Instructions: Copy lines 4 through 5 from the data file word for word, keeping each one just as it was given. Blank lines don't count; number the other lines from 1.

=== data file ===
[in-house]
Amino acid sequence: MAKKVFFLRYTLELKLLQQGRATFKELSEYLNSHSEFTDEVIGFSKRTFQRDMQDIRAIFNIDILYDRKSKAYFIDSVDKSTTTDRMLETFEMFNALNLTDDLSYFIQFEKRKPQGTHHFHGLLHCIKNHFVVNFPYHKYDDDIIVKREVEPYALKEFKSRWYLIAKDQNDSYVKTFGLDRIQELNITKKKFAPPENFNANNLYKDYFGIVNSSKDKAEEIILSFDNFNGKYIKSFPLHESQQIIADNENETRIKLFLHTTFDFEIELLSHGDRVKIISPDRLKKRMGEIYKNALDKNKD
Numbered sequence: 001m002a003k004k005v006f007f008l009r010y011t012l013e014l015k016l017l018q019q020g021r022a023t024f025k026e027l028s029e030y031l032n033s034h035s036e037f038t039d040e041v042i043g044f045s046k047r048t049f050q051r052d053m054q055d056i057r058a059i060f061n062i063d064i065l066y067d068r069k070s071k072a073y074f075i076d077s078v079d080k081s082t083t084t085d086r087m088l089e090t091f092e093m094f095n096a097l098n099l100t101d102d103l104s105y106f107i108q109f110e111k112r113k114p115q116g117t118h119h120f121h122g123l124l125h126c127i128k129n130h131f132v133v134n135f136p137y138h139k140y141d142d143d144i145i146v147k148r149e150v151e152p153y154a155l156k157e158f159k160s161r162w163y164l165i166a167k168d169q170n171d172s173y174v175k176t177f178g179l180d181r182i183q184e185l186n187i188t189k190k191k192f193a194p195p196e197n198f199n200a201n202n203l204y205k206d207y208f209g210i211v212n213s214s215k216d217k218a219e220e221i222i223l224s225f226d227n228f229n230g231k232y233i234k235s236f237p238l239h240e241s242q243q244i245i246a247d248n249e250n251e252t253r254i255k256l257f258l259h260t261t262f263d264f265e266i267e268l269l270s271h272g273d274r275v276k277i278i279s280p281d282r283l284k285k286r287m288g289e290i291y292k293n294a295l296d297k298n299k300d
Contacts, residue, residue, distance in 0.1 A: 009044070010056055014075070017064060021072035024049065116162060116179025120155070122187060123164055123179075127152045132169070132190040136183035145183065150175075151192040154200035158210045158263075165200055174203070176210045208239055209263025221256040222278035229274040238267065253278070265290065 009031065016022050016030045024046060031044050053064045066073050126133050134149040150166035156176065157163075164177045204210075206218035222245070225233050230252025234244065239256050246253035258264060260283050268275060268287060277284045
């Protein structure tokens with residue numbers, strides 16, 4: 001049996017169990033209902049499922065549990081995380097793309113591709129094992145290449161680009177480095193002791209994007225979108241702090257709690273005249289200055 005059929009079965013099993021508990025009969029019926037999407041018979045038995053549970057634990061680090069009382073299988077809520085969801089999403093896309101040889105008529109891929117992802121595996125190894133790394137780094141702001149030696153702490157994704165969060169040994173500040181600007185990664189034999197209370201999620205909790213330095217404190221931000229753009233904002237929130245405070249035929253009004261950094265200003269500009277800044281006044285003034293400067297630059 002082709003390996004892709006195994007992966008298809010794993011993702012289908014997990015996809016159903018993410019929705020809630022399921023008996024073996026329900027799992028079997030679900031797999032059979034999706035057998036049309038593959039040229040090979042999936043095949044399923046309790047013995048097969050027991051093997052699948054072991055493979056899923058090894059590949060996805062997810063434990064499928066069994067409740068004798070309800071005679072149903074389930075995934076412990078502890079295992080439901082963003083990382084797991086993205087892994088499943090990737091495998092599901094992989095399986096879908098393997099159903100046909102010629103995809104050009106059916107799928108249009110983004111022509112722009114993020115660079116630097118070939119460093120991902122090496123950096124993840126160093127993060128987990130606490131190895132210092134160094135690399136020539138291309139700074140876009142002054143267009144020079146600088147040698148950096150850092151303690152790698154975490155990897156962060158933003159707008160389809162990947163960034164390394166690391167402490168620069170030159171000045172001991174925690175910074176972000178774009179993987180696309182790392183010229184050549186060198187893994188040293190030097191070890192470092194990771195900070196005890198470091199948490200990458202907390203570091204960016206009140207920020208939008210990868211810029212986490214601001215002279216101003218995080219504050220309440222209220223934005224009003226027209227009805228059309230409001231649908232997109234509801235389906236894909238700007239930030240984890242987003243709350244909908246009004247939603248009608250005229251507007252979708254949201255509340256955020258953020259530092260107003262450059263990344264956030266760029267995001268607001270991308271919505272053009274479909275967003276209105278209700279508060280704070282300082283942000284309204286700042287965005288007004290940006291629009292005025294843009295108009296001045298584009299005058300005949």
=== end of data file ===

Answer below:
Contacts, residue, residue, distance in 0.1 A: 009044070010056055014075070017064060021072035024049065116162060116179025120155070122187060123164055123179075127152045132169070132190040136183035145183065150175075151192040154200035158210045158263075165200055174203070176210045208239055209263025221256040222278035229274040238267065253278070265290065 009031065016022050016030045024046060031044050053064045066073050126133050134149040150166035156176065157163075164177045204210075206218035222245070225233050230252025234244065239256050246253035258264060260283050268275060268287060277284045
């Protein structure tokens with residue numbers, strides 16, 4: 001049996017169990033209902049499922065549990081995380097793309113591709129094992145290449161680009177480095193002791209994007225979108241702090257709690273005249289200055 005059929009079965013099993021508990025009969029019926037999407041018979045038995053549970057634990061680090069009382073299988077809520085969801089999403093896309101040889105008529109891929117992802121595996125190894133790394137780094141702001149030696153702490157994704165969060169040994173500040181600007185990664189034999197209370201999620205909790213330095217404190221931000229753009233904002237929130245405070249035929253009004261950094265200003269500009277800044281006044285003034293400067297630059 002082709003390996004892709006195994007992966008298809010794993011993702012289908014997990015996809016159903018993410019929705020809630022399921023008996024073996026329900027799992028079997030679900031797999032059979034999706035057998036049309038593959039040229040090979042999936043095949044399923046309790047013995048097969050027991051093997052699948054072991055493979056899923058090894059590949060996805062997810063434990064499928066069994067409740068004798070309800071005679072149903074389930075995934076412990078502890079295992080439901082963003083990382084797991086993205087892994088499943090990737091495998092599901094992989095399986096879908098393997099159903100046909102010629103995809104050009106059916107799928108249009110983004111022509112722009114993020115660079116630097118070939119460093120991902122090496123950096124993840126160093127993060128987990130606490131190895132210092134160094135690399136020539138291309139700074140876009142002054143267009144020079146600088147040698148950096150850092151303690152790698154975490155990897156962060158933003159707008160389809162990947163960034164390394166690391167402490168620069170030159171000045172001991174925690175910074176972000178774009179993987180696309182790392183010229184050549186060198187893994188040293190030097191070890192470092194990771195900070196005890198470091199948490200990458202907390203570091204960016206009140207920020208939008210990868211810029212986490214601001215002279216101003218995080219504050220309440222209220223934005224009003226027209227009805228059309230409001231649908232997109234509801235389906236894909238700007239930030240984890242987003243709350244909908246009004247939603248009608250005229251507007252979708254949201255509340256955020258953020259530092260107003262450059263990344264956030266760029267995001268607001270991308271919505272053009274479909275967003276209105278209700279508060280704070282300082283942000284309204286700042287965005288007004290940006291629009292005025294843009295108009296001045298584009299005058300005949």